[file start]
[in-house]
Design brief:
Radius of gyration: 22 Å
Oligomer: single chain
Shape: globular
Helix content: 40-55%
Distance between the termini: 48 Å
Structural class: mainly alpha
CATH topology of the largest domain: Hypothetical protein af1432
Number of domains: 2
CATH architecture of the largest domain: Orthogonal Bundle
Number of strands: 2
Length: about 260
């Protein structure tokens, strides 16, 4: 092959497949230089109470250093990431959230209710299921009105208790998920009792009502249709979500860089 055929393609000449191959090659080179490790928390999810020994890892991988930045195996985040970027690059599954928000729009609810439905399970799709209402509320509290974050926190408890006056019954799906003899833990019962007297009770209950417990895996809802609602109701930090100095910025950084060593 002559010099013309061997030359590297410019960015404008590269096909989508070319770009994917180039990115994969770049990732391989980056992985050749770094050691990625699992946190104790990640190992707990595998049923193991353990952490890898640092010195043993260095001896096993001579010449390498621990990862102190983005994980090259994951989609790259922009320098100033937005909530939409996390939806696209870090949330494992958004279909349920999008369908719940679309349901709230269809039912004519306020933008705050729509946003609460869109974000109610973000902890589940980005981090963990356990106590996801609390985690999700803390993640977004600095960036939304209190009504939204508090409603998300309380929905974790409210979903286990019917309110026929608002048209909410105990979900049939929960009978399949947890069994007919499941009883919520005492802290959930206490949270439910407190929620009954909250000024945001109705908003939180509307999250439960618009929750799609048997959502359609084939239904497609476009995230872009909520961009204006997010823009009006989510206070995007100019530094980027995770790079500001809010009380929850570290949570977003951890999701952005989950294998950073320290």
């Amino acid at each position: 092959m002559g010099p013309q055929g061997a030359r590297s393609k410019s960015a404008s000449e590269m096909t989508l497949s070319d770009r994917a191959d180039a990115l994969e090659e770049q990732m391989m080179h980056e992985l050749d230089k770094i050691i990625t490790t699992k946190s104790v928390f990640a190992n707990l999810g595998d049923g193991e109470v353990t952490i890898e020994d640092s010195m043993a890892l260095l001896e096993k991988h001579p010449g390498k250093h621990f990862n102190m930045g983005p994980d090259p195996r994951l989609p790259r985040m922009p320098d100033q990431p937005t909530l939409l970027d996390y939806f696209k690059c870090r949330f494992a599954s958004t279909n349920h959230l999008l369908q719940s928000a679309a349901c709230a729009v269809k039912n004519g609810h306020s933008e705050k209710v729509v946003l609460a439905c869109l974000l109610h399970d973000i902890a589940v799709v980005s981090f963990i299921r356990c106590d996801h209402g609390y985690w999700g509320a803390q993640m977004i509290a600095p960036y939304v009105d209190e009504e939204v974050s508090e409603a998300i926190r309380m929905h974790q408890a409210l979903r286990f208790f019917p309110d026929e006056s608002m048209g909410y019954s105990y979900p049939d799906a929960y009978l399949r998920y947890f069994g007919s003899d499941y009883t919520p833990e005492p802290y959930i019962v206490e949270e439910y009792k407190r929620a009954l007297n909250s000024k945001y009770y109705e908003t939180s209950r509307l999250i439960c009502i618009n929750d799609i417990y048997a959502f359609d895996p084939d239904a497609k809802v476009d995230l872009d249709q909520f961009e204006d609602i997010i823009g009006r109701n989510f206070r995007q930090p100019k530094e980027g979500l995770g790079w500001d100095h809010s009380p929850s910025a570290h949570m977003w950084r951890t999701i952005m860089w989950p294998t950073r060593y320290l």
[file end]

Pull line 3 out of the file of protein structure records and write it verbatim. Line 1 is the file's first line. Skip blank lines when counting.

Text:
Radius of gyration: 22 Å